Sid and Marty Krofft
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Sid and Marty Krofft
Sid Krofft and Marty Krofft at the Daytime Emmy Awards in 2018
July 30, 1929
Montreal, Quebec, Canada
April 9, 1937
Montreal, Quebec, Canada
|Other names||The Krofft Brothers|
|Occupation||Producers, writers, puppeteers|
Sid Krofft (born July 30, 1929) and Marty Krofft (born April 9, 1937) are a Canadian sibling team of television creators and puppeteers. Through their production company, Sid & Marty Krofft Pictures, they have made numerous children's television and variety show programs in the U.S., particularly in the 1970s and early 1980s, including H.R. Pufnstuf and Land of the Lost. Their fantasy programs often feature large-headed puppets, high-concept plots, and extensive use of low-budget special effects.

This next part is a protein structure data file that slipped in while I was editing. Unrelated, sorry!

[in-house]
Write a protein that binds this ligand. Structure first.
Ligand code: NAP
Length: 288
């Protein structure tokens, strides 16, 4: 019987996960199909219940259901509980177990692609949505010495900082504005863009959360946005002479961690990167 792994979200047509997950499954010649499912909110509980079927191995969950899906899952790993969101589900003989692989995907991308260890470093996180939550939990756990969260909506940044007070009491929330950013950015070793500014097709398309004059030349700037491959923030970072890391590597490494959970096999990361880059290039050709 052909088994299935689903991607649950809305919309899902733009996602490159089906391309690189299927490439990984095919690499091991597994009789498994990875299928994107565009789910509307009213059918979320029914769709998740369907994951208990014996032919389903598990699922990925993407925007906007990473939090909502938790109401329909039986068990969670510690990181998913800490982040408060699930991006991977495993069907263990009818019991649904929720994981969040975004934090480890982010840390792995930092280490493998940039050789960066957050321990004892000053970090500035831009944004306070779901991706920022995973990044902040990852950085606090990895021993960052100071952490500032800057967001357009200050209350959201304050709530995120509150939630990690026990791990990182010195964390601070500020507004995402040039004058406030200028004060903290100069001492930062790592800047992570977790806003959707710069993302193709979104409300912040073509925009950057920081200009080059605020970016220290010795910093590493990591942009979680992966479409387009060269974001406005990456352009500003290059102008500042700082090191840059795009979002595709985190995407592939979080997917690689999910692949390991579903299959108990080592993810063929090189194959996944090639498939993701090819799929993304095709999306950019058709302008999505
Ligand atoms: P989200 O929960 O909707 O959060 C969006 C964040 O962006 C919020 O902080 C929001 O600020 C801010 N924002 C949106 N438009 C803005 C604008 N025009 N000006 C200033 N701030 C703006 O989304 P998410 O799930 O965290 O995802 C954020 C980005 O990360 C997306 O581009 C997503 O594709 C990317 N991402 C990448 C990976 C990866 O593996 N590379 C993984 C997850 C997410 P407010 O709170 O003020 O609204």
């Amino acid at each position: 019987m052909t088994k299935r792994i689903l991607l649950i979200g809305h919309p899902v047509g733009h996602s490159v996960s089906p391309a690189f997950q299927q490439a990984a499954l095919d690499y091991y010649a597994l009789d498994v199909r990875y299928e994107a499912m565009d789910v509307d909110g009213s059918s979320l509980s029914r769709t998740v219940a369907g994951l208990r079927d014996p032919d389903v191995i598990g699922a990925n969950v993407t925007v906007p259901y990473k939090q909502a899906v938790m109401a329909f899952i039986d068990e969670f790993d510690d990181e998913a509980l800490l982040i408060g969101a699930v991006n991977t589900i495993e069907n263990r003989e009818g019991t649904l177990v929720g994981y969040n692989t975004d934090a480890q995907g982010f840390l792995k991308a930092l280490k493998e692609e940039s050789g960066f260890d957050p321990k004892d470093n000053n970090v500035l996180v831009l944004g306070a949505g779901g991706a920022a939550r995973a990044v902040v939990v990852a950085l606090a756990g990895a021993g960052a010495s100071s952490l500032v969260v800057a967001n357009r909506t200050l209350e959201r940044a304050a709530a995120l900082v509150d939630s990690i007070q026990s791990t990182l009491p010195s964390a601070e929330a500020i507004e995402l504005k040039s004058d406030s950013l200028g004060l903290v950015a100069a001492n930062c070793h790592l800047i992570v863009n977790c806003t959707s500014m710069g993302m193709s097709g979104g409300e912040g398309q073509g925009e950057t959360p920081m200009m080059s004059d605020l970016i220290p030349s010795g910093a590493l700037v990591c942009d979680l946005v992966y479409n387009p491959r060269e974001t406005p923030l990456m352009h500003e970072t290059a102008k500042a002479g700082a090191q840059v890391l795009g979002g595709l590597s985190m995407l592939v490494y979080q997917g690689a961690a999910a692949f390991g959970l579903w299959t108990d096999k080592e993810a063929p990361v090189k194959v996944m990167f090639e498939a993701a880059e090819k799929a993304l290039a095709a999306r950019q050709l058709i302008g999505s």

The Krofft brothers, Sid and Marty, were born in Montreal, Quebec. For years, they claimed to have been born to a family of fifth-generation puppeteers, but revealed in 2008 that this story was invented by a publicist in the 1940s. Their father Peter was a clock salesman who moved from Canada to Providence, Rhode Island, and then to New York City. Sid Krofft became a noted puppeteer who worked in vaudeville and was a featured player with the Ringling Bros. and Barnum & Bailey Circus. In the 1940s, Sid created a one-man puppet show, "The Unusual Artistry of Sid Krofft", and performed it throughout the world. His father joined him on tour in Paris while Marty stayed in New York, where he started using his older brother's puppets to earn money by staging performances. By the 1950s, the Krofft brothers were working together, and in 1957, they developed Les Poupées de Paris, a puppet show with more mature themes.